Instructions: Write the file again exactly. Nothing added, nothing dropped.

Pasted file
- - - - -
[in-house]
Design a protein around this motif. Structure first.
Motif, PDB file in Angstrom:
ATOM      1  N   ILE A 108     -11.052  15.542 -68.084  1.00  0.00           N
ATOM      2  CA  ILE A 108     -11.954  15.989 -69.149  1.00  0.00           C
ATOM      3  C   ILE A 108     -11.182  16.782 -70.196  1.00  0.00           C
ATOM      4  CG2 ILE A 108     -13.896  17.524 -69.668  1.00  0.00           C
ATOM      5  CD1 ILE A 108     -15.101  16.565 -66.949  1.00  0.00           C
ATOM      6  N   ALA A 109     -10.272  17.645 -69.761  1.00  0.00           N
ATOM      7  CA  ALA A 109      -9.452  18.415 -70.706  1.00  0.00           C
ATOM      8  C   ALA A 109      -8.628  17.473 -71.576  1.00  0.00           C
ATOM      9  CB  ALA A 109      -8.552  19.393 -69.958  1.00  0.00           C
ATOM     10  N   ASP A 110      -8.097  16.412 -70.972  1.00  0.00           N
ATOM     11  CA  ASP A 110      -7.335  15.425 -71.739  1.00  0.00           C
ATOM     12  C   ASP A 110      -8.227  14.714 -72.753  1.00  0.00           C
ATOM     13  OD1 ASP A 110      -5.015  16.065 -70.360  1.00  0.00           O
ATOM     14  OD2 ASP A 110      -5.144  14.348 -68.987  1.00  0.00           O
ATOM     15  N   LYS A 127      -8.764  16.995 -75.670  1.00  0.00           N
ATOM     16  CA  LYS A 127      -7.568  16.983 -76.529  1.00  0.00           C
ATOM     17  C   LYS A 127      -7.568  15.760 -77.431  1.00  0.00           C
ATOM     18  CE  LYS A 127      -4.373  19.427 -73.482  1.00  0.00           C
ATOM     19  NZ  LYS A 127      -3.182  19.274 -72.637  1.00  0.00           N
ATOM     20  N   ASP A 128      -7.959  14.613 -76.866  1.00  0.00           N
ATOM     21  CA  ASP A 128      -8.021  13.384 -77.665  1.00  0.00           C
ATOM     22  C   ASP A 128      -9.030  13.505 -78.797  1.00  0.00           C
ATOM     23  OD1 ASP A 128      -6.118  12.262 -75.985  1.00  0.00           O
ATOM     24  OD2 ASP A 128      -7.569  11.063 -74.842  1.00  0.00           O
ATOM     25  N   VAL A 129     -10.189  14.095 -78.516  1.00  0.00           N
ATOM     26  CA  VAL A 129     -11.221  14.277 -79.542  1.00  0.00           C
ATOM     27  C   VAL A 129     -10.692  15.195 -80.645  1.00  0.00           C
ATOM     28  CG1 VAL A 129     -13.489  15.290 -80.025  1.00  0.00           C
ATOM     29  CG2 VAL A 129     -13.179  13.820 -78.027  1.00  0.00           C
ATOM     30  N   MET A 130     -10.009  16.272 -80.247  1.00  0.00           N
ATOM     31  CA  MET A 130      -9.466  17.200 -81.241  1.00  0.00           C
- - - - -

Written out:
[in-house]
Design a protein around this motif. Structure first.
Motif, PDB file in Angstrom:
ATOM      1  N   ILE A 108     -11.052  15.542 -68.084  1.00  0.00           N
ATOM      2  CA  ILE A 108     -11.954  15.989 -69.149  1.00  0.00           C
ATOM      3  C   ILE A 108     -11.182  16.782 -70.196  1.00  0.00           C
ATOM      4  CG2 ILE A 108     -13.896  17.524 -69.668  1.00  0.00           C
ATOM      5  CD1 ILE A 108     -15.101  16.565 -66.949  1.00  0.00           C
ATOM      6  N   ALA A 109     -10.272  17.645 -69.761  1.00  0.00           N
ATOM      7  CA  ALA A 109      -9.452  18.415 -70.706  1.00  0.00           C
ATOM      8  C   ALA A 109      -8.628  17.473 -71.576  1.00  0.00           C
ATOM      9  CB  ALA A 109      -8.552  19.393 -69.958  1.00  0.00           C
ATOM     10  N   ASP A 110      -8.097  16.412 -70.972  1.00  0.00           N
ATOM     11  CA  ASP A 110      -7.335  15.425 -71.739  1.00  0.00           C
ATOM     12  C   ASP A 110      -8.227  14.714 -72.753  1.00  0.00           C
ATOM     13  OD1 ASP A 110      -5.015  16.065 -70.360  1.00  0.00           O
ATOM     14  OD2 ASP A 110      -5.144  14.348 -68.987  1.00  0.00           O
ATOM     15  N   LYS A 127      -8.764  16.995 -75.670  1.00  0.00           N
ATOM     16  CA  LYS A 127      -7.568  16.983 -76.529  1.00  0.00           C
ATOM     17  C   LYS A 127      -7.568  15.760 -77.431  1.00  0.00           C
ATOM     18  CE  LYS A 127      -4.373  19.427 -73.482  1.00  0.00           C
ATOM     19  NZ  LYS A 127      -3.182  19.274 -72.637  1.00  0.00           N
ATOM     20  N   ASP A 128      -7.959  14.613 -76.866  1.00  0.00           N
ATOM     21  CA  ASP A 128      -8.021  13.384 -77.665  1.00  0.00           C
ATOM     22  C   ASP A 128      -9.030  13.505 -78.797  1.00  0.00           C
ATOM     23  OD1 ASP A 128      -6.118  12.262 -75.985  1.00  0.00           O
ATOM     24  OD2 ASP A 128      -7.569  11.063 -74.842  1.00  0.00           O
ATOM     25  N   VAL A 129     -10.189  14.095 -78.516  1.00  0.00           N
ATOM     26  CA  VAL A 129     -11.221  14.277 -79.542  1.00  0.00           C
ATOM     27  C   VAL A 129     -10.692  15.195 -80.645  1.00  0.00           C
ATOM     28  CG1 VAL A 129     -13.489  15.290 -80.025  1.00  0.00           C
ATOM     29  CG2 VAL A 129     -13.179  13.820 -78.027  1.00  0.00           C
ATOM     30  N   MET A 130     -10.009  16.272 -80.247  1.00  0.00           N
ATOM     31  CA  MET A 130      -9.466  17.200 -81.241  1.00  0.00           C